Calling for Archbishop Salvatore Cordileone to be replaced, more than 100 San Francisco area Catholics released an open letter to Pope Francis expressing their discontent with the archbishop’s leadership. Their concerns were primarily related to his negative focus on LGBT issues.
In a full page ad published in The San Francisco Chronicle, the signatories criticize an archbishop with a “single issue agenda” who “has fostered an atmosphere of division and intolerance.” Foremost among the ad’s criticisms is Cordileone’s introduction of morality clauses, focusing on sexual issues in teacher contracts. The signatories write further:
“The absolute mean-spiritedness of his required language for the Archdiocesan high school faculty handbook sets a pastoral tone that is closer to persecution than evangelization. Students, families and teachers have been deeply wounded by this language, yet the Archbishop refuses to withdraw his demands…
“Instead of your famous words “Who am I to Judge,” Archbishop Cordileone repeatedly labels the behavior of our fellow brothers and sister (and their children) as ‘gravely evil’…The Archbishop has isolated himself from our community…The City of Saint Francis deserves an Archbishop true to our values and to your teachings.”
Those undersigned represent a diverse and influential group of Catholics. Dan Morris-Young of the National Catholic Reporter described the signatories:
“Referring to themselves as ‘committed Catholics inspired by Vatican II,’ signers include well-known philanthropists in the archdiocese, members of school and university boards, the former director of Catholic Charities CYO, high-profile attorneys and physicians, major figures in the business and corporate world, and officials of trusts, foundations and charitable organizations.”
Among these leaders, The Chronicle notes, is Brian Cahill, former executive director of San Francisco’s Catholic Charities, who has previously written in favor of LGBT rights by saying Cordileone’s positions would turn the church into a “shrinking cult.” In a more recent piece, Cahill suggested that the contract struggle is all about the meaning of Catholic identity. Other signers echoed similar sentiments, with business owner and major donor Larry Nibbi saying:
” ‘The crux of our worry is that the faithful are going to become very disenchanted and stop going to church because they don’t like the message, and the message is not the way they lead their lives.’ “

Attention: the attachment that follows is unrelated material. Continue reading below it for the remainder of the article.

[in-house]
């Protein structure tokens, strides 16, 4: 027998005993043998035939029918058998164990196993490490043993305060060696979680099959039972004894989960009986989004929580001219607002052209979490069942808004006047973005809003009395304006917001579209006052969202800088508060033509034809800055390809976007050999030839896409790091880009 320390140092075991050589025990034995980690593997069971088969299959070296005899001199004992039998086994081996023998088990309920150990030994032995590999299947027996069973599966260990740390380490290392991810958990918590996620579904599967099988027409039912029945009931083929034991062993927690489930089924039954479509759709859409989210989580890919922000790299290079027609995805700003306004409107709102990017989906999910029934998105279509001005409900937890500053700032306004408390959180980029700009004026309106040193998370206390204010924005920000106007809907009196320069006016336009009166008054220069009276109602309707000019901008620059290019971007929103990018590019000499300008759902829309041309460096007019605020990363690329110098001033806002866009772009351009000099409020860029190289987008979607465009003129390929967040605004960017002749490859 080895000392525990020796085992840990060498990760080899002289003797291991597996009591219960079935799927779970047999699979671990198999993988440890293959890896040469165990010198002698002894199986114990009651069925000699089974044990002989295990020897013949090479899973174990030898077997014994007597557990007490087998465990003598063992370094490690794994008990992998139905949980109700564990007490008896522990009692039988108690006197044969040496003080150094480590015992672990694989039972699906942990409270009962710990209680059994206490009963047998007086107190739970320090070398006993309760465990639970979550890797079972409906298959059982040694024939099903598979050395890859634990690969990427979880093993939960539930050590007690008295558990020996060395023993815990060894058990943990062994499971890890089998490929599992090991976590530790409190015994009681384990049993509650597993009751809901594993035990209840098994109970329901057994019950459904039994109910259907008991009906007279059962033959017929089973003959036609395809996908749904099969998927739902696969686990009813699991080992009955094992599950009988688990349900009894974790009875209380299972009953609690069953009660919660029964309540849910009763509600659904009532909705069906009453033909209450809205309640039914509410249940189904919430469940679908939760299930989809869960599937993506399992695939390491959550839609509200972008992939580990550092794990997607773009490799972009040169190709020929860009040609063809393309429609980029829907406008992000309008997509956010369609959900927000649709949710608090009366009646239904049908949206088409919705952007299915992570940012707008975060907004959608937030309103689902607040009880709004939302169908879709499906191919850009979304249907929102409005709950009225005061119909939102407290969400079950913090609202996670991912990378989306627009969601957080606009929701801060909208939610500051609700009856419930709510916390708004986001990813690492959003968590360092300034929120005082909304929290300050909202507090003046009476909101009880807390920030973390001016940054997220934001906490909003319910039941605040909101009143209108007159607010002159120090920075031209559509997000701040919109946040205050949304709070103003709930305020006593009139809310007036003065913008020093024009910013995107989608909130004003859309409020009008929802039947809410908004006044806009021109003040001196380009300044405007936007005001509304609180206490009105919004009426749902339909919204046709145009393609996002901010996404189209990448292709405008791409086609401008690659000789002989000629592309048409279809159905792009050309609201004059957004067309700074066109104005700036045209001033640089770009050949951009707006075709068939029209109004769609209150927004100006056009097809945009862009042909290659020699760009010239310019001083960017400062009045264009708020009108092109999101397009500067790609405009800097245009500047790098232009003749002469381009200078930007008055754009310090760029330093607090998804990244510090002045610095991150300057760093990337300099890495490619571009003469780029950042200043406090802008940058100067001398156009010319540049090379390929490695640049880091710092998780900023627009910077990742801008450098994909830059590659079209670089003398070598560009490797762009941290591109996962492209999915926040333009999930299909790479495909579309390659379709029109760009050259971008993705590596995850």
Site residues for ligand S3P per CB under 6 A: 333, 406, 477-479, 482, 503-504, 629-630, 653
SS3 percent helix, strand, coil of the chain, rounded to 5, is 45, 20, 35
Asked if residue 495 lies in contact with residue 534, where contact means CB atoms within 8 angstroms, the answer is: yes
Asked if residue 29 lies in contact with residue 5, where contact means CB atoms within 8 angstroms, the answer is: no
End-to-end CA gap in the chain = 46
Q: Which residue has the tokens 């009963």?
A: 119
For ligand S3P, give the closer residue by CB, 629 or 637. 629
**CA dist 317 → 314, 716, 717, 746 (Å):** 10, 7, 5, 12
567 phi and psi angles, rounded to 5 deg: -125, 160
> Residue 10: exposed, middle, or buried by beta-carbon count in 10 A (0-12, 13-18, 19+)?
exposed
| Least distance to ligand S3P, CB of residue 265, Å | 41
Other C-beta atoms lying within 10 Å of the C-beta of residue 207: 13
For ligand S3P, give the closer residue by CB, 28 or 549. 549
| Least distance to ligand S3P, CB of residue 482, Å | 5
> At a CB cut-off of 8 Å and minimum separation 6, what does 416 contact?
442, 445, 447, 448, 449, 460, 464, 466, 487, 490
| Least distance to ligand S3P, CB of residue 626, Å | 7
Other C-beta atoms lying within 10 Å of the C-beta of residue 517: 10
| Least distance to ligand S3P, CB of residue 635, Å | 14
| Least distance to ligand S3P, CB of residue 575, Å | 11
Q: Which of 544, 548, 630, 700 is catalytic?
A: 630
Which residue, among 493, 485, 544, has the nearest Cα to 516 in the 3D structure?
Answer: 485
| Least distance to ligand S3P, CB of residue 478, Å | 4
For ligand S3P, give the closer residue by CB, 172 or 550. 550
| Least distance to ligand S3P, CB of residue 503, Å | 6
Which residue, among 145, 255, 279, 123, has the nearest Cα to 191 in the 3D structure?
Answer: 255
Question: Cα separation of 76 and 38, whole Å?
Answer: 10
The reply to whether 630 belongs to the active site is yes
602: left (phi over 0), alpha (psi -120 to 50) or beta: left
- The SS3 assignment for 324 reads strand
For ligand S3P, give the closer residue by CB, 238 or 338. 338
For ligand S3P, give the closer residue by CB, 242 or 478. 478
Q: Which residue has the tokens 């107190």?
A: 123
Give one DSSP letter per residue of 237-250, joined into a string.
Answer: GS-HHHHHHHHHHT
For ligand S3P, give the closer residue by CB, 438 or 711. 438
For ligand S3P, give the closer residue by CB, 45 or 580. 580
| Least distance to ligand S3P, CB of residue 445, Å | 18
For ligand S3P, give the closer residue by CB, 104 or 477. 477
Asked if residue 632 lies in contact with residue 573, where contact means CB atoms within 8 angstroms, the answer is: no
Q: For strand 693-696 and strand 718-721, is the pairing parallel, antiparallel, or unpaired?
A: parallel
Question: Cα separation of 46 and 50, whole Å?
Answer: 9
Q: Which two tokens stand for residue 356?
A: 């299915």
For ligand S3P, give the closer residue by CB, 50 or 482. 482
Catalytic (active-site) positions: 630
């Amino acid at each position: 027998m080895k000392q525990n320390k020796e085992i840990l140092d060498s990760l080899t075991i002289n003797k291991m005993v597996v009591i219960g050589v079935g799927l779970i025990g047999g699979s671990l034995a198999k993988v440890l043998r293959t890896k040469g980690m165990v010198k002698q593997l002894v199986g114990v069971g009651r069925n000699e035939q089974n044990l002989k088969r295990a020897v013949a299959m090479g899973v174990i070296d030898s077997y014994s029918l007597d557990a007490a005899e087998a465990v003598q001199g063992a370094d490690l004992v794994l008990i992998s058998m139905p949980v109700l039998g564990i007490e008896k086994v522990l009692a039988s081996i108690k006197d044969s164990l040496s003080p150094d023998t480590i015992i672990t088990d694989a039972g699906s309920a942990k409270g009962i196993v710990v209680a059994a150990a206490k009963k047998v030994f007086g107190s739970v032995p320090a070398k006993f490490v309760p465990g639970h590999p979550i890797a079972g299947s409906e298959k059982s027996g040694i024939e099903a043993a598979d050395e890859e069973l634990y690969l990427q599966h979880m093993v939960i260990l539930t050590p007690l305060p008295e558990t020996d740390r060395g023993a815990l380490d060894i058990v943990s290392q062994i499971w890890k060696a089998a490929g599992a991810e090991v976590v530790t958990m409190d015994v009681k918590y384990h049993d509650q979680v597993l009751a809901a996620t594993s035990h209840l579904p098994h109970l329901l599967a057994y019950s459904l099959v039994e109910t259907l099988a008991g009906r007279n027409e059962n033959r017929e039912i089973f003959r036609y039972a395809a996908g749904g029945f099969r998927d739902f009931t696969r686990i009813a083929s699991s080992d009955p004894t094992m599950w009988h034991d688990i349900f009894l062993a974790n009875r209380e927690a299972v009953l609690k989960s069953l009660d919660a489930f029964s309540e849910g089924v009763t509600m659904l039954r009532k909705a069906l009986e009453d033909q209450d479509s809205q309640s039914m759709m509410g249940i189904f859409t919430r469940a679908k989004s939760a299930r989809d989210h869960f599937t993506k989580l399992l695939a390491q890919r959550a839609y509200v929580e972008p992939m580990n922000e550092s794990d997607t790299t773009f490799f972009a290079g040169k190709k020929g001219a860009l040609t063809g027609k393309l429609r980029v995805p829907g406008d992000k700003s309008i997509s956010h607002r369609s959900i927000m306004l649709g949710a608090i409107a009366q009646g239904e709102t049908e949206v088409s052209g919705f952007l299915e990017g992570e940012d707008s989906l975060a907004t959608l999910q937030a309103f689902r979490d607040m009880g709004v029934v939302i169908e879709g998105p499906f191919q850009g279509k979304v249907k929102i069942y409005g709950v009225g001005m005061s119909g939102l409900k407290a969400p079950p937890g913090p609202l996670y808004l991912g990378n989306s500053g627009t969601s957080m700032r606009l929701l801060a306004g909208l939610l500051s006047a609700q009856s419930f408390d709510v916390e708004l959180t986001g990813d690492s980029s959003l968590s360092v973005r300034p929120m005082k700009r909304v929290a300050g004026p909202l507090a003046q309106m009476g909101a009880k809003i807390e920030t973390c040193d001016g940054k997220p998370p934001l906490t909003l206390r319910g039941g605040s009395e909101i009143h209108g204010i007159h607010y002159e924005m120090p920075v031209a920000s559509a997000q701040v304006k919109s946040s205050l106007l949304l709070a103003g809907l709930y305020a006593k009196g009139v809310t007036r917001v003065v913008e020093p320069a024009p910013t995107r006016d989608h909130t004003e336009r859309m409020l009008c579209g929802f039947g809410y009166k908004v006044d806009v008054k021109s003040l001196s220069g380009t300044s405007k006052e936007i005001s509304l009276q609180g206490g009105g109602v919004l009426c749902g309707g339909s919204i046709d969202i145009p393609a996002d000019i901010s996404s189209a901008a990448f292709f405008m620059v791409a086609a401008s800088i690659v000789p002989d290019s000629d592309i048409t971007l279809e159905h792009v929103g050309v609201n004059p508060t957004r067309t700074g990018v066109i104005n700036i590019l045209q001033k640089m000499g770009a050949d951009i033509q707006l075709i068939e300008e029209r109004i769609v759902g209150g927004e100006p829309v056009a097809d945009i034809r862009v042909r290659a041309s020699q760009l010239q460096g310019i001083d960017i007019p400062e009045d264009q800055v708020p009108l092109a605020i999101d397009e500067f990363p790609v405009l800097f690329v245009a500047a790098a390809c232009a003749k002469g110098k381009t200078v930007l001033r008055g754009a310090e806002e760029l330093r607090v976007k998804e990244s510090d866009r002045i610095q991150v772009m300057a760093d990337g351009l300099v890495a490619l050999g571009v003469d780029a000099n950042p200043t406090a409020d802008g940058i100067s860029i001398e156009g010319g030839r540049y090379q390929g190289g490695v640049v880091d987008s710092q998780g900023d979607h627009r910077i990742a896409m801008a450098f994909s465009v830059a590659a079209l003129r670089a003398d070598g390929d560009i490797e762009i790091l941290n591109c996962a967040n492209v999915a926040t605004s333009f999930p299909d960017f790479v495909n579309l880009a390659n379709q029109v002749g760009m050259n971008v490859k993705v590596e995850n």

Those involved with the ad had first attempted dialogue, reaching out to national and curial officials for relief, but when no action was taken they decided to release the ad, reports The Chronicle.
Publishing the ad is the latest in a string of 2015 actions by Bay Area Catholics, which have included hundreds demonstrating at the cathedral and hundreds more participating in a town hall hosted by the University of San Francisco,a Jesuit school. The National Catholic Reporter quoted Cahill telling attendees at the forum:
” ‘Cordileone, who with his imported crew of orthodox, smugly ideological and intentionally provocative zealots, is trying to shove his sex-obsessed version of Catholic identity down the throats of Catholic high school students and teachers.’ “
Elsewhere, students, parents, alumni, and church workers are organizing around #TeachAcceptance, which includes a Facebook group and website. Parents have written letters of support to students and one parent, Dennis Herrera, wrote recently about how Cordileone’s activities reveal just how essential Pope Francis’ leadership and the Synod of Bishops focused on family life could be to this situation.
In a statement responding to the ad, the Archdiocese said it was a “misrepresentation” of Catholic teaching, the teacher contracts, the archbishop, and San Francisco Catholics.
I see the actions of Bay Area Catholics as fitting examples of what living the Gospel means today. The thousands who have turned out to protest, dialogue, and register their support for church workers are true representations of what it means to be Christian.
Pope Francis should listen to the voices of the people in this local church and respond to their call. Yet, even if Archbishop Cordileone remains, I take solace in this emerging reality that reveals just how alive and formative the Holy Spirit is in San Francisco’s Catholics.
–Bob Shine, New Ways Ministry
National Catholic Reporter: “Under San Francisco’s new handbook language, could gay marriage lead to a dismissal?”
Think Progress: “How San Francisco Catholics are Pushing Pope Francis“